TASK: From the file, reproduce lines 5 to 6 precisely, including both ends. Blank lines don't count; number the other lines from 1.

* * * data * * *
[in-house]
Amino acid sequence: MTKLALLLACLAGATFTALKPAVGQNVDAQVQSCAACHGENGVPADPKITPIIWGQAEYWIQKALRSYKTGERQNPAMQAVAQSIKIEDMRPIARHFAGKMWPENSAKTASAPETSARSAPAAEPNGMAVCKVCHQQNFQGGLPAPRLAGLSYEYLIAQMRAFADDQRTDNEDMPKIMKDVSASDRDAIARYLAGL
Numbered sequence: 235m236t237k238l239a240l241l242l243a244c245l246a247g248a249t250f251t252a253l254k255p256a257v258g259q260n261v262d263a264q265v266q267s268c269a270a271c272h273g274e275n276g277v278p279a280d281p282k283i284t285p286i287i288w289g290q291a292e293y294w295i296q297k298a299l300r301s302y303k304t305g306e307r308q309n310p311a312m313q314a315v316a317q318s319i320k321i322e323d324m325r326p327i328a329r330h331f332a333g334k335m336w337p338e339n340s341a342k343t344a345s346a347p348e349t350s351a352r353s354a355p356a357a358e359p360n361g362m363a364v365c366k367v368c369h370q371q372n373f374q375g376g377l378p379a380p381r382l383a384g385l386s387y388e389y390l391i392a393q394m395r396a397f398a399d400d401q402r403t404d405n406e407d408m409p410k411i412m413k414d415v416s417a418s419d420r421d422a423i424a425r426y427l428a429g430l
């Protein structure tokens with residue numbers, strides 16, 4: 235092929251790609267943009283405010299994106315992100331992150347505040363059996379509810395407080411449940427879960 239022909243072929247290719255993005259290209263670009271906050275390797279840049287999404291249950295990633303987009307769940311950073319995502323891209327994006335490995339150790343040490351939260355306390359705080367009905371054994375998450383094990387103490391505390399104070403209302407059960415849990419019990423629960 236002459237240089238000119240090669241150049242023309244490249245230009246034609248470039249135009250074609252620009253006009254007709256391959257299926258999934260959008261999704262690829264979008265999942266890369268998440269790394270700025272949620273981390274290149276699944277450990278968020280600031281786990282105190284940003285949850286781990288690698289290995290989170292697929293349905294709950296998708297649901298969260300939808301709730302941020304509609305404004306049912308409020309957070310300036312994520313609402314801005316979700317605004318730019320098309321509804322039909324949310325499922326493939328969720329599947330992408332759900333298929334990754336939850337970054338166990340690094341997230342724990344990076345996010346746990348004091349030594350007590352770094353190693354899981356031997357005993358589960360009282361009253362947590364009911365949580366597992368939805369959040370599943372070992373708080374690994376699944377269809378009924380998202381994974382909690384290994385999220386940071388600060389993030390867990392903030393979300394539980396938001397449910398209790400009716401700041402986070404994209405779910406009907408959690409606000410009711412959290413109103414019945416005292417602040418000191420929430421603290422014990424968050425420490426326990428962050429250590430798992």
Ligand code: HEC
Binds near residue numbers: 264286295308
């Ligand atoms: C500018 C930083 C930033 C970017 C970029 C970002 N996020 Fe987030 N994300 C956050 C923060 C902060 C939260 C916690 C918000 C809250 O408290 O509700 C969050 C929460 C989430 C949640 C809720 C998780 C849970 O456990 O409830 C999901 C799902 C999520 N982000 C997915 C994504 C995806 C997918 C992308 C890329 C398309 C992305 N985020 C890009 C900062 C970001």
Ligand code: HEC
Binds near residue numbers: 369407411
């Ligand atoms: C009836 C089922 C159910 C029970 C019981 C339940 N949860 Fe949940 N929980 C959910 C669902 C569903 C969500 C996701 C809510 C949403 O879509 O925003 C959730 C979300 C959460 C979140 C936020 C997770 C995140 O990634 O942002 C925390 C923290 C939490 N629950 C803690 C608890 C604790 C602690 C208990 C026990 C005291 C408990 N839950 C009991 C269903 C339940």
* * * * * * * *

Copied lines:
Ligand code: HEC
Binds near residue numbers: 264286295308